Patients on a panel at the symposium expressed a wide range of views, from being suspicious of new treatments, to being reluctant to take a pill or shot once a day, to seeing new treatments as needed relief from the strain of uncertainty about cross-contamination in the diet.
One patient said his initial reaction to the idea of taking a drug, was “no way, no how.” But as he weighed the question, he concluded that an annual injection, a pill every few months or a morning after type of medication to protect against cross-contact are options he would consider.
Another said she is plagued by anxiety about the diet and is worried about its impact when she begins college next year. Consequently, she would consider taking a daily pill or injection. “I have to think about gluten every day and that would lessen my concern,” she said.
A third said that in theory she would take a pill or injection every day, but she would be even more interested in new treatments if her daughter is ever diagnosed with celiac disease, a possibility due to the genetic component of the disease.
Columbia researcher Norelle Reilly, M.D., assistant professor of pediatrics at Columbia University, presented preliminary results of a survey of parent’s opinions about whether they would give their children a drug, were one to become available. Overall, parents said yes, though they did have concerns about safety.
Nearly 1,000 survey responses from parents of children with celiac disease who were 17 and younger were tallied. Ninety-three percent of parents said they would like to see therapies in addition to the gluten-free diet. Meanwhile, 46 percent of children said yes, 25 percent said no, and 30 percent were too young to answer.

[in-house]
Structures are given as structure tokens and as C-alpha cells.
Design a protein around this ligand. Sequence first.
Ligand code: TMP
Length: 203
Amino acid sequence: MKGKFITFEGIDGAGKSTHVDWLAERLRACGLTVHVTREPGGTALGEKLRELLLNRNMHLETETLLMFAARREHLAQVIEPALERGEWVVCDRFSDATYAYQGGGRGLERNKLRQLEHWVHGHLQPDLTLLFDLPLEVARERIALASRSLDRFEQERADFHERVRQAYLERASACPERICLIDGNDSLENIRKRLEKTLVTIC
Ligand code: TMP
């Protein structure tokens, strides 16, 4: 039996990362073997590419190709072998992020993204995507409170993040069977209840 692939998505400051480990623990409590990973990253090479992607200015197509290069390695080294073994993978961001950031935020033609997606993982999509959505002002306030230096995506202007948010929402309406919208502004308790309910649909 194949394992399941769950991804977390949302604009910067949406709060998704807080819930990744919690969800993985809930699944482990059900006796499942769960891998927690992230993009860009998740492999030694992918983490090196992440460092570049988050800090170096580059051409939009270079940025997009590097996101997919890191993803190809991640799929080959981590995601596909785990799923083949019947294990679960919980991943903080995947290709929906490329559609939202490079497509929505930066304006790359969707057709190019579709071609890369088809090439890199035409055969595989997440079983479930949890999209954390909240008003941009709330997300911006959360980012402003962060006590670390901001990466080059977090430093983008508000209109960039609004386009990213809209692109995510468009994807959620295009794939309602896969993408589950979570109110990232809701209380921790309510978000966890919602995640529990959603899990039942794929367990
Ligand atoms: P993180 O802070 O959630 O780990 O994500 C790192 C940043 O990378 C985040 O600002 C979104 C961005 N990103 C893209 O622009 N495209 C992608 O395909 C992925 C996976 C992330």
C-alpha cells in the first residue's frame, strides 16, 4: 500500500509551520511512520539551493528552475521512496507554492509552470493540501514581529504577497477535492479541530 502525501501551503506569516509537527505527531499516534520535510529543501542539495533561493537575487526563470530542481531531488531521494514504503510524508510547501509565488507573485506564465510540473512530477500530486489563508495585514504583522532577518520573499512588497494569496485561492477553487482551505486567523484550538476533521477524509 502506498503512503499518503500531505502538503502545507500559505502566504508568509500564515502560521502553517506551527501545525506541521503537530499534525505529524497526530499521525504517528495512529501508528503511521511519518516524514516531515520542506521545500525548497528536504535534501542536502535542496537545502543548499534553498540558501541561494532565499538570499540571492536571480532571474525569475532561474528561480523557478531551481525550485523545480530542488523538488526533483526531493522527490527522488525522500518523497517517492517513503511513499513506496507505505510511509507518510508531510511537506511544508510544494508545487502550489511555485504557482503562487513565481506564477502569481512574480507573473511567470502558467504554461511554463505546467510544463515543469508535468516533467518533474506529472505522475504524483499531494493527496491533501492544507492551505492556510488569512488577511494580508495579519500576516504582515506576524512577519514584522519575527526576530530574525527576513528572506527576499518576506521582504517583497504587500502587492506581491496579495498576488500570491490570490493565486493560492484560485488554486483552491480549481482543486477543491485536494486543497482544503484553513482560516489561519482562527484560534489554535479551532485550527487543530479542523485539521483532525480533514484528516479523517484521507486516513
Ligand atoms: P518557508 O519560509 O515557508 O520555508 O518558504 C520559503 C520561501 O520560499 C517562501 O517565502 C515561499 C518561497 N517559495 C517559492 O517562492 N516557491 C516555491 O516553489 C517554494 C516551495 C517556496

Parents noted that the safety of medications and the potential side effects would be the main factors they would weigh before giving any treatment to their children.
Healthcare for young adults
Reilly also reported on a study regarding follow-up healthcare for children which focused on transitioning a child from pediatric to adult healthcare providers. As children become young adults they don’t continue celiac disease care because there are no prescription drugs and therefore no need to see a doctor for a renewal. Also, young adults don’t know who to go to or have the time, or in some cases, the needed insurance coverage.
The study found that children were more likely to get follow-up care as adults if they: are introduced at around 16 years old to the idea that they will eventually need an adult gastroenterologist; have a pediatric gastroenterologist who initiates a plan for a transfer; and complete the transfer of care by 18 years old.